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The debate about how coffee affects our health continues, but it does seem to be getting more clear. Some coffee is good for us, but too much can cause problems. The trouble has been defining those amounts.
Coffee has numerous benefits, from reducing heart attacks to improving concentration at work. Many experts believe that the benefits come not from the caffeine but from the coffee bean itself. However, when randomized trials looked at the health benefits of decaffeinated coffee they were far less dramatic than the caffeinated version.
Probably the largest benefit of coffee comes from its ability to help our bodies use the fuel from carbohydrates as we eat them. It does this by increasing the ability of insulin to shuttle sugars from the blood into tissues of the body to be used for energy.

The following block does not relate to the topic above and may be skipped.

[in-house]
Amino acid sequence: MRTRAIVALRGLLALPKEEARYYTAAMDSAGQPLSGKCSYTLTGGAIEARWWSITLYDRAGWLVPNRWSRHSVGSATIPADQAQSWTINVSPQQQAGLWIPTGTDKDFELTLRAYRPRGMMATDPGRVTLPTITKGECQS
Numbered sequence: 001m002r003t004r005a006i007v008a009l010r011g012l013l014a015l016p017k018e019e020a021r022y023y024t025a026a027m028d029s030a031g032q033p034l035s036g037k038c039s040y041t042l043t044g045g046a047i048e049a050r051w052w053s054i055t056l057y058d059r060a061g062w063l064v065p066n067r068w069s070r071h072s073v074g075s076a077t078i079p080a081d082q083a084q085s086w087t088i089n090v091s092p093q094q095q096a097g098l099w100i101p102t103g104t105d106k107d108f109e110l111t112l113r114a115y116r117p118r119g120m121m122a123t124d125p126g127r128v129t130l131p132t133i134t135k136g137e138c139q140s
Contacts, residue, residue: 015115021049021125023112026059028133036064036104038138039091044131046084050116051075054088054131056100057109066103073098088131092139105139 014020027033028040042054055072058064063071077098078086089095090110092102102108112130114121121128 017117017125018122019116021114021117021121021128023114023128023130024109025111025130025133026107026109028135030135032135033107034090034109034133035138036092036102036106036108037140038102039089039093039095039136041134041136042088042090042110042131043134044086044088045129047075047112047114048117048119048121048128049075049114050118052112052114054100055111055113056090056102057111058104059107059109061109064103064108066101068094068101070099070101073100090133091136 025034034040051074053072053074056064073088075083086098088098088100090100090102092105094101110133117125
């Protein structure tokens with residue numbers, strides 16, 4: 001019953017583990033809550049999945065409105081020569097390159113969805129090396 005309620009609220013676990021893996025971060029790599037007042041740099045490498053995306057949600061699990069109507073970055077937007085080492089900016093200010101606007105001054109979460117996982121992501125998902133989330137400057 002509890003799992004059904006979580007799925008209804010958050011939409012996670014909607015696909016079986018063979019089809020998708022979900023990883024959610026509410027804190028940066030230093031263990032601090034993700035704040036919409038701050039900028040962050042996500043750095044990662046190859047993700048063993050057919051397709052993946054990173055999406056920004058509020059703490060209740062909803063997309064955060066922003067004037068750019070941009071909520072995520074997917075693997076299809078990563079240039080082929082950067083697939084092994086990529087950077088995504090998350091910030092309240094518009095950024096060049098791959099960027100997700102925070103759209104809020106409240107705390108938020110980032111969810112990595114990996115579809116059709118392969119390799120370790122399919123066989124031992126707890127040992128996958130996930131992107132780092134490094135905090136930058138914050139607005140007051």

Other benefits, many of which stem from this improved insulin response, include the following:
On the flip side, drinking too much coffee with caffeine can cause overstimulation of our adrenal system, which is responsible for keeping us awake and alert. When the system is consistently over stimulated, cortisol is released in the blood and heart rate and blood pressure increase. Elevated cortisol that is being circulated throughout the blood increases blood sugar which is a risk factor for heart attack and artery pathology.
The health risks of coffee include:
After reviewing reports from doctors and research studies, it seems that the best way to reap the health benefits of coffee, while also enjoying its ability to improve our performance, is to find a balance.